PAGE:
When people ask me where to go in Sicily, I normally start talking for hours… There is so much to see and to do that is really hard to answer this question straightaway. After my blog about places to see in the West coast of Sicily, here’s my list of favourite spots in the East coast, Enjoy!
Let’s start with an obvious one: Taormina. Settled on a hill overlooking the Ionian sea and Mount Etna, this town has everything a traveller could possibly look for; history, nature, and entertainment.
Things to do in Taormina
Taormina’s premier sight is the Antico Teatro Greco (Ancient Greek Theatre), where you can literally travel back in time while enjoying a stunning view. In the summer, the theatre hosts international arts and film festivals.
If you’re looking for a relaxing day and more history, i Giardini della Villa Comunale is the perfect place to chill out and enjoy yet another beautiful sea view. From there, you can walk down Corso Umberto and a look at the local shops.
A stone’s throw away from Taormina, Giardini Naxos is the best place for some relaxing beach-time. The coastline id 4 km long and there are plenty of beaches to enjoy!
If you are more into hiking and nature, then Gole dell’Alcantara is your place. The volcanic gorges, up to 50 metres deep, will take your breath away. You can either lie down in the sun and enjoy the view, or take it to the next level with a walk in the river all the way through the amazing gorges. Check out the official website for more information.
If you are travelling in East Sicily, you can’t possibly miss the opportunity of hiking mount Etna, the tallest active volcano in Europe! Pack your trekking boots, bring plenty of water and don’t forget to put sunscreen on – believe me, it might be that hot up there, but the Sicilian sun will still burn you! If you’re lucky enough, you might even see the volcano erupt. Check this website for information of Etna’s eruptive activity.
At the slopes of Mount Etna sits the second biggest city in Sicily (hence it’s smokey dark buildings…). Catania, like many other places in Sicily, is full of history and great food! If you want to explore both at once, I’d recommend you join the Streat Catania Tour – a 4 hour walking (and eating) tour through the main squares are markets of the city centre.
Siracusa and Ortigia
Syracuse once was the most important city of Magna Grecia (the area of Southern Italy once populated by Greek settlers). If you decide to stop in this beautiful city, there are two things you can’t possibly miss:
The archeological site
Syracuse’s archeological site is home to a staggering number of well-preserved Greek (and Roman) remains, such as the beautiful Greek theatre, which dates back at least until the 5th Century BC. The theatre is now used to host the annual Greek theatre festival, running from the middle of May to the end of June. Another unmissable attraction is the so called ‘Ear of Dionysius‘, a 20m-high, slender pointed arch cut into the rock, which develops inwards for about 65m. The name was given by Caravaggio during his visit in 1608 and legend goes that it was used by Dionysius the Tyrant as a prison for political dissidents. By means of the perfect acoustics he could overhear the plans and secrets of his captives.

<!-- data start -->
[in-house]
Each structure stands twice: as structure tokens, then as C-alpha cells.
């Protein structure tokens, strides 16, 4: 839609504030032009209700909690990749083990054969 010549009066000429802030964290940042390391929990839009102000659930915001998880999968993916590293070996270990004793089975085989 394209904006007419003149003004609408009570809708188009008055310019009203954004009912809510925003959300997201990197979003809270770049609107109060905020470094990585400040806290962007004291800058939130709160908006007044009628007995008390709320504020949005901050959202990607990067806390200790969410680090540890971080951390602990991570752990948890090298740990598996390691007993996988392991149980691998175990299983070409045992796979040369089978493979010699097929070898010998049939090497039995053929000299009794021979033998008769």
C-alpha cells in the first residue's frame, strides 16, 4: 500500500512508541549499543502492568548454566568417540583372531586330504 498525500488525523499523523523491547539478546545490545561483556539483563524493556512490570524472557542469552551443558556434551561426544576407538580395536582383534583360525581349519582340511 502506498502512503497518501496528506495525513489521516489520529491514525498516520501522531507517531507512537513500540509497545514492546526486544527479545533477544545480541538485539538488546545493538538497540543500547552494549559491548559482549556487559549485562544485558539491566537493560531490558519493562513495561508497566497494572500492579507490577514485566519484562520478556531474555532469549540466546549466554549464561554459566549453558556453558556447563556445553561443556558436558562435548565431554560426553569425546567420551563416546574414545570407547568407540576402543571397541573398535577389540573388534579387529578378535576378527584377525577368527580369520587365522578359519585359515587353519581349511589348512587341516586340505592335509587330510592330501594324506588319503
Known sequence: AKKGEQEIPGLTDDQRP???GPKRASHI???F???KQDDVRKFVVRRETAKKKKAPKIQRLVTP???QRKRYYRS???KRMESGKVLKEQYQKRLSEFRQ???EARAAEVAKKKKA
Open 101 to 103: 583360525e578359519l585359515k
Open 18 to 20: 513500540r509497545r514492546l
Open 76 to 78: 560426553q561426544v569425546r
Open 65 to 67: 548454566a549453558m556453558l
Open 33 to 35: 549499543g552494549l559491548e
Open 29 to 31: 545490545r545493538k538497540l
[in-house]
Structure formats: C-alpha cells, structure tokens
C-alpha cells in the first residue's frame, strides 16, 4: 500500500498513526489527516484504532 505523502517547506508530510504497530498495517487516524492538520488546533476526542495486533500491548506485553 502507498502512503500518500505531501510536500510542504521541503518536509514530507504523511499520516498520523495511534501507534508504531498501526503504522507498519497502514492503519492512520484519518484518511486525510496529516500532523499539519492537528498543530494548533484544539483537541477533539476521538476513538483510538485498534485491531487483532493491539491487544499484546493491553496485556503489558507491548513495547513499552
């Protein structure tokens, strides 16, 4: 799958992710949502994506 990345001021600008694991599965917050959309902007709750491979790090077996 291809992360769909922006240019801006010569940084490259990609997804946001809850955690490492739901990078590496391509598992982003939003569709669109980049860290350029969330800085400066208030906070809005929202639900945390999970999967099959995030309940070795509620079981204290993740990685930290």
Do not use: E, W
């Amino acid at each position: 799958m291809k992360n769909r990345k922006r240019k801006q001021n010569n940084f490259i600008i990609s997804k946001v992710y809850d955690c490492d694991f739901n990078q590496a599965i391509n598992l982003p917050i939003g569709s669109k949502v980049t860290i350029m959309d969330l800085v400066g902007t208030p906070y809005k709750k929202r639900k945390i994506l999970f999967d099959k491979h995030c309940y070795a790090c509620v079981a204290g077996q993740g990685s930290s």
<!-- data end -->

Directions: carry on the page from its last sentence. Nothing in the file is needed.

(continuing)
The Island of Ortigia
Ortigia is joined to the mainland by three bridges. As you reach the island, you’ll come to the majestic ruins of the Greek Temple of Apollo. Going right up Corso Matteotti you’ll pass a stream of clothes and shoe shops, before arriving in Piazza Archimede. My favourite spot in Ortigia is the fountain of Arethusa. According to mythology, the fresh-water spring is an embodiment of the nymph Arethusa, changed into a watercourse by the goddess Artemis/Diana in order to escape the unwanted attentions of Alpheus (Alfeo).
Nature reserve of Pantalica
Not far from Syracusa you’ll find the biggest nature reserve is Sicily and one of the most beautiful places in the entire Island. Some of the main highlights include the Necropolis of Pantalica – a collection of rock-cut chamber tombs dating from the 13th to the 7th centuries BC; Valle dell’Anapo -a beautiful canyon full of water streams and caves to explore, and Cava Grande del Cassibile – another hidden gems full of small lakes and waterfalls. Here’s a little taste of the beauty of these places:
The baroque towns of Val di Noto
Last but not least, Ragusa, Noto and Modica are a must see for people who enjoy their dose of good architecture. Check out my blog about events and festivals to find out what’s going on in this area.
Featured picture by Mario Cutroneo